Al-Bagdadi's death. A brief commentary

Al-Bagdadi’s killing by US special forces in the  Syrian compound of Barisha is feeding a great debate about  its effective realization, with concerns about  the future of  Isis and global jihadism.

Al-Bagdadi’s death has been declared by many, even too many times, to be actually fully credible. Scepticism  is therefore a personal feeling and, for this reason, a bad ally when it comes to making a good analysis.

It is necessary, in fact, to acknowledge that these are top secret situations, known only to the exclusive war cabinet and, for this reason, impossible to fact check.

It is only possible to take note of the news and to try to highlight the possible consequences.

The most important result is  the way  al-Bagdadi’s killing was carried out and subsequently presented  by  official announcements only has a value and exclusivety as a "narration", or "communication object". This applies to Trump’s people, who as a President  is now struggling with upcoming elections, the risk of impeachment, leadership crisis in the Middle East etc., as well as for al-Bagdadi’s people, who are  effectively without a leader but with the dream of Caliphate that has survived  the military defeat in Syria and Iraq, and  is now expanding beyond those borders.

For the jihadists, the violent death of a chief is equal to his martyrdom, and it is the reason for the   US’s insistence that al-Bagdadi’s last moments of life were as a "whining coward". The aim is to discredit him and annihilate his legend.

However, this narrative cannot stop the “Caliphate”  by itself, in the same way that   Bin Laden’s death definitively did not stop al-Qaeda.

The experience of the Islamic State, as we have seen in Syria and Iraq, surely can never  be repeated  again with those human, geographical and warfare characteristics. However, it can recur elsewhere, with other leaders, flags and ways of fighting. It will appear very probably where serious problems and domestic instability still remain. Al-Qaeda is an exhaustive example again.

Maybe, and hopefully, spectacular attacks will no longer occur in Western countries, but the legacy of the Islamic State and al-Bagdadi will remain in the form of a debate on the Muslim faith at risk of radicalization, which will give the rise to the criminalization of this religious practice. This fact could yet again recreate the perfect  conditions for the perpetuation of the jihadist threat on Western countries.

If we want to make the Barisha compound’s operation fully effective and the killing of  al-Bagdadi not such as an illusion, we know which path to take.



Turkey and the Kurds

The Turkish invasion of the Syrian-Kurdish region, Rojava, must be  considered as a new evolution of the Syrian conflict but, at the same time, a revival of  Erdogan’s  old project to re-create about a “Great Turkey”. This fact should not surprise us.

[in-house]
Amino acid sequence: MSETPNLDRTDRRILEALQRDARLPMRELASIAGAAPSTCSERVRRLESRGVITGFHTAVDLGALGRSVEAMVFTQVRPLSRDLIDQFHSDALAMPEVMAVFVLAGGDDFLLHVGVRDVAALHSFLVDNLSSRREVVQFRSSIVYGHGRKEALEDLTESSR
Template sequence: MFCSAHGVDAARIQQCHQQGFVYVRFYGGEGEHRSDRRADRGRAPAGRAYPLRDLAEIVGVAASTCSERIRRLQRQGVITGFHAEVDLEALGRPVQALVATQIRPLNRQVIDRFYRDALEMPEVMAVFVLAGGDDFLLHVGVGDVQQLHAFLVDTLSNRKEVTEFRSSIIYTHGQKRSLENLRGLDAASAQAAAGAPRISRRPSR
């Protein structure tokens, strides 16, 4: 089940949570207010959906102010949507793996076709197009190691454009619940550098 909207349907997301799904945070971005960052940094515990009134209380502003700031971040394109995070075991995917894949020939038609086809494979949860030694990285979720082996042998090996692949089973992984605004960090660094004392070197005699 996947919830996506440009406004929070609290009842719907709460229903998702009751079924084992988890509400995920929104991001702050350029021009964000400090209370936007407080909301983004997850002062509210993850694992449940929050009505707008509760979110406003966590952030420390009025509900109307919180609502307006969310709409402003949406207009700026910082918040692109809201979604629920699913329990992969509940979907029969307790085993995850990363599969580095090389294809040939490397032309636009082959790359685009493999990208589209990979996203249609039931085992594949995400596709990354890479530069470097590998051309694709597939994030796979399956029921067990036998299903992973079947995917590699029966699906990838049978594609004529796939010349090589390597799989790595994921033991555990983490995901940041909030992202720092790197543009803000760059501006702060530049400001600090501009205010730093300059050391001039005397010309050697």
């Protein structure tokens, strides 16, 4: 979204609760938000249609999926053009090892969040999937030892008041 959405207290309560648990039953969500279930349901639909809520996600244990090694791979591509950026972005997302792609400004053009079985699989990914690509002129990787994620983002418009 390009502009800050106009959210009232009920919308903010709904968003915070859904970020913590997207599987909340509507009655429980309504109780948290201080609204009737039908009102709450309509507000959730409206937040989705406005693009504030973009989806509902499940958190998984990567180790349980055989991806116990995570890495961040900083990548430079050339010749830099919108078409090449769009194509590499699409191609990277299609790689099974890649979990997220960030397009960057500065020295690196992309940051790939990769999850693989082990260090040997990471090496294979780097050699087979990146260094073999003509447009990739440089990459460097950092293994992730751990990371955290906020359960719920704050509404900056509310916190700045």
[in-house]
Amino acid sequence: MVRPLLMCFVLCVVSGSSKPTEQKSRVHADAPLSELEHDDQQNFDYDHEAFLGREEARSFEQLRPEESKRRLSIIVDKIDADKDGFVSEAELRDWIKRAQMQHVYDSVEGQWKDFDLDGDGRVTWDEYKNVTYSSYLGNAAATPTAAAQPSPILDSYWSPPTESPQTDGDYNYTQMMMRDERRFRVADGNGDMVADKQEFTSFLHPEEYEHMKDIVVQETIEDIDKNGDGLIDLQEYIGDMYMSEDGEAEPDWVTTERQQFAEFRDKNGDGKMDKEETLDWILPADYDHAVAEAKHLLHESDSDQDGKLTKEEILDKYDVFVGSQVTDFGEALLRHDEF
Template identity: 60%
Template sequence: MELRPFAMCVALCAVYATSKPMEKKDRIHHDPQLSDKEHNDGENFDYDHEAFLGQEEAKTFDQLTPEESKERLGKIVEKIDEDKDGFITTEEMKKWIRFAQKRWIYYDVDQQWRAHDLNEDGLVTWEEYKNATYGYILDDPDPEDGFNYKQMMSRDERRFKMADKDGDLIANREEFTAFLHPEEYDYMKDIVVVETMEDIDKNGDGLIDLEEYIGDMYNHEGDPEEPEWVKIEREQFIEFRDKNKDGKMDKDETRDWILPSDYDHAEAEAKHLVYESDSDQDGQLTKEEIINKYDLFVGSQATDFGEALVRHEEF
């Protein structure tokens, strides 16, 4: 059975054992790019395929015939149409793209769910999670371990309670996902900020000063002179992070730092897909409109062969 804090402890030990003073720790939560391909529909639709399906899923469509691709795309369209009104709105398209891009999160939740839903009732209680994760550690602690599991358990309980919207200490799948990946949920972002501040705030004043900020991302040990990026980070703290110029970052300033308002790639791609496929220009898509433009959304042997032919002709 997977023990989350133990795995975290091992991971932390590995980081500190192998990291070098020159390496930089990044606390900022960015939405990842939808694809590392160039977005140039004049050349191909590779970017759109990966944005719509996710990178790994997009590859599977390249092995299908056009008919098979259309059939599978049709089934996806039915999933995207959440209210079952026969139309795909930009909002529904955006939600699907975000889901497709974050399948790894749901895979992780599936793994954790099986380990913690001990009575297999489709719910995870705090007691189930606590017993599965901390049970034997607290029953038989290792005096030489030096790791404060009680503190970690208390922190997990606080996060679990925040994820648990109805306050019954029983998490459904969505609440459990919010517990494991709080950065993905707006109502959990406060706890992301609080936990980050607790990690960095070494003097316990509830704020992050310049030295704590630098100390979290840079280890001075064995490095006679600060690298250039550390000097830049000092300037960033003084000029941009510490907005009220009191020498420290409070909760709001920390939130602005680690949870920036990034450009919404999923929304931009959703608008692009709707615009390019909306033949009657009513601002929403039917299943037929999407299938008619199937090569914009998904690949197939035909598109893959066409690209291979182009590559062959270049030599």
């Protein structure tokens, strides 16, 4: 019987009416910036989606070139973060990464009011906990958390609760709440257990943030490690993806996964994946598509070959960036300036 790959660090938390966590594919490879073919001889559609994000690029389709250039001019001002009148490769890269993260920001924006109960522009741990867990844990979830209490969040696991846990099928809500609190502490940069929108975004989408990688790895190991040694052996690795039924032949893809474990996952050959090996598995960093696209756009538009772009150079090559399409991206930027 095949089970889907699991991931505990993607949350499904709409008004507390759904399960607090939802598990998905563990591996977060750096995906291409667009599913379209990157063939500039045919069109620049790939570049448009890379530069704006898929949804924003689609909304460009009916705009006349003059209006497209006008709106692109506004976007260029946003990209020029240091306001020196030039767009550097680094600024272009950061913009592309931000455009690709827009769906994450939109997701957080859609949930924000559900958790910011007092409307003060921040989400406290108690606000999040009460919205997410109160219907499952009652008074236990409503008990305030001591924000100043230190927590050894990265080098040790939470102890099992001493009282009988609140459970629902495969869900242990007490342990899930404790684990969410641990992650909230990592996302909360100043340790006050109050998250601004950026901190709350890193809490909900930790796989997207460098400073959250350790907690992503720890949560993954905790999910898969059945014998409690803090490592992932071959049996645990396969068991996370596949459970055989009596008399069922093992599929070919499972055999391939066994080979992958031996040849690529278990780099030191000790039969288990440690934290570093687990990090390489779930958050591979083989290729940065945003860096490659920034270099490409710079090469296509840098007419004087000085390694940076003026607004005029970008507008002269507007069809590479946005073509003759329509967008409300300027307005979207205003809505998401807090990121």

Erdogan entered the conflict, in 2015, even supporting Islamist militia, not just to fight and overthrow the Syrian government of Bashar Assad, but also to take control of a large portion of the Middle East.

His aim has always been to set up  a modern version of the Ottoman Empire, even if geographically restricted to the areas around Turkey but politically extended to  all Sunni communities, with Erdogan in the role of Supreme Muslim political leader. He is very ambitious about this role even if  it would lead to a conflict with other regional powers. Saudi Arabia, his ally in the struggle against Syria, is the depositary of the Muslim Holy Places and for this reason considered not only religiously but also politically the most important reference for the Sunni community worldwide.

However, Erdogan’s priorities lie  elsewhere.

The Kurds are, in fact, the main obstacle to his personal and ambitious realization because of their claim and even armed struggle for administrative autonomy. For this reason he considers them terrorists.

The Kurds are the fourth ethnic group in the Middle East (after the Arabs, Turks and Persians) and the most populous ethnic group  in the world (approximately 50 million) without a State. They live in four Middle Eastern countries, Turkey, Syria, Iraq and Iran, where, for decades, they have been fighting for their autonomy from their respective central governments. Those struggles are often fought using legal means – in fact they have obtained political representation, even if with different systems of participation  – but their armed opposition employs the same way of fighting in every State. For this reason, they have always been persecuted, sometimes  with methods similar to  ethnic cleansing.

The Kurds partially obtained administrative autonomy only in Iraq, during and after Saddam Hussein’s regime. However, disputes about the distribution of oil revenues within the Iraqi Kurdish administrative government have always fragmented their ethnic unity and fight for more autonomy. If it existed as an independent State,  Kurdistan would be one of the richest  countries in that region: it has not only  oil (Iraq, 45 billion barrels, and Syria) but also gas (Iraq) and water (Turkey).  It would have an economic power that would make it  an important player on the regional chessboard. However it is something that is not accepted to  all Middle Eastern powers, especially Turkey.